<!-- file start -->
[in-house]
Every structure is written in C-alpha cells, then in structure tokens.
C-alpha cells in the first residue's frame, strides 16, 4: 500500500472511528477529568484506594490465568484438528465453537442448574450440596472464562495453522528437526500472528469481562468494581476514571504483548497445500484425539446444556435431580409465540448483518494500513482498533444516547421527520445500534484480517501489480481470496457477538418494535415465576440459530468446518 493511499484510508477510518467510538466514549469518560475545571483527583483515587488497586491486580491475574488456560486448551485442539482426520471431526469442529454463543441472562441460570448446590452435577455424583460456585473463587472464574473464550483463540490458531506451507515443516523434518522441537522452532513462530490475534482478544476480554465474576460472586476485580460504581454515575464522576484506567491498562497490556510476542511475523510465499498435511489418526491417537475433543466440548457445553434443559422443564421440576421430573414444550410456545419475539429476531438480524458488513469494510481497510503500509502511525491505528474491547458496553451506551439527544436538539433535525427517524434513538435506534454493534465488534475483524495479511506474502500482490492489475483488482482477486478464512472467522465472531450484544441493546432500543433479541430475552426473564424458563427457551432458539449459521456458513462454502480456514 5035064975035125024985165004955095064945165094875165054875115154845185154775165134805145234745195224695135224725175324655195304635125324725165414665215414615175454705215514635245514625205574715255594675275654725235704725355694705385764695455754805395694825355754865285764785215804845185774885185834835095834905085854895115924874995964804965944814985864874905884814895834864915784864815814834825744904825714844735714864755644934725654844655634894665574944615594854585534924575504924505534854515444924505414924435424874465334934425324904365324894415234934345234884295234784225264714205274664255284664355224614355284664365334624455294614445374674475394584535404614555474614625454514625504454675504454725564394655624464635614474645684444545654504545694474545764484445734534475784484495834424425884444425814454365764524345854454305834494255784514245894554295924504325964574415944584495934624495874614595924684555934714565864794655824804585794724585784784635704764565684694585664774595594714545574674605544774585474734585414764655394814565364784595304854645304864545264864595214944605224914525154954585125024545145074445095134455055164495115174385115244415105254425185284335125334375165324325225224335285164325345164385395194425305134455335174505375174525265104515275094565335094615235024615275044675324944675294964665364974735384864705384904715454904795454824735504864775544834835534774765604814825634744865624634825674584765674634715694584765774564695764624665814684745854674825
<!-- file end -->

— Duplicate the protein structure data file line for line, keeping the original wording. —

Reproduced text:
[in-house]
Every structure is written in C-alpha cells, then in structure tokens.
C-alpha cells in the first residue's frame, strides 16, 4: 500500500472511528477529568484506594490465568484438528465453537442448574450440596472464562495453522528437526500472528469481562468494581476514571504483548497445500484425539446444556435431580409465540448483518494500513482498533444516547421527520445500534484480517501489480481470496457477538418494535415465576440459530468446518 493511499484510508477510518467510538466514549469518560475545571483527583483515587488497586491486580491475574488456560486448551485442539482426520471431526469442529454463543441472562441460570448446590452435577455424583460456585473463587472464574473464550483463540490458531506451507515443516523434518522441537522452532513462530490475534482478544476480554465474576460472586476485580460504581454515575464522576484506567491498562497490556510476542511475523510465499498435511489418526491417537475433543466440548457445553434443559422443564421440576421430573414444550410456545419475539429476531438480524458488513469494510481497510503500509502511525491505528474491547458496553451506551439527544436538539433535525427517524434513538435506534454493534465488534475483524495479511506474502500482490492489475483488482482477486478464512472467522465472531450484544441493546432500543433479541430475552426473564424458563427457551432458539449459521456458513462454502480456514 5035064975035125024985165004955095064945165094875165054875115154845185154775165134805145234745195224695135224725175324655195304635125324725165414665215414615175454705215514635245514625205574715255594675275654725235704725355694705385764695455754805395694825355754865285764785215804845185774885185834835095834905085854895115924874995964804965944814985864874905884814895834864915784864815814834825744904825714844735714864755644934725654844655634894665574944615594854585534924575504924505534854515444924505414924435424874465334934425324904365324894415234934345234884295234784225264714205274664255284664355224614355284664365334624455294614445374674475394584535404614555474614625454514625504454675504454725564394655624464635614474645684444545654504545694474545764484445734534475784484495834424425884444425814454365764524345854454305834494255784514245894554295924504325964574415944584495934624495874614595924684555934714565864794655824804585794724585784784635704764565684694585664774595594714545574674605544774585474734585414764655394814565364784595304854645304864545264864595214944605224914525154954585125024545145074445095134455055164495115174385115244415105254425185284335125334375165324325225224335285164325345164385395194425305134455335174505375174525265104515275094565335094615235024615275044675324944675294964665364974735384864705384904715454904795454824735504864775544834835534774765604814825634744865624634825674584765674634715694584765774564695764624665814684745854674825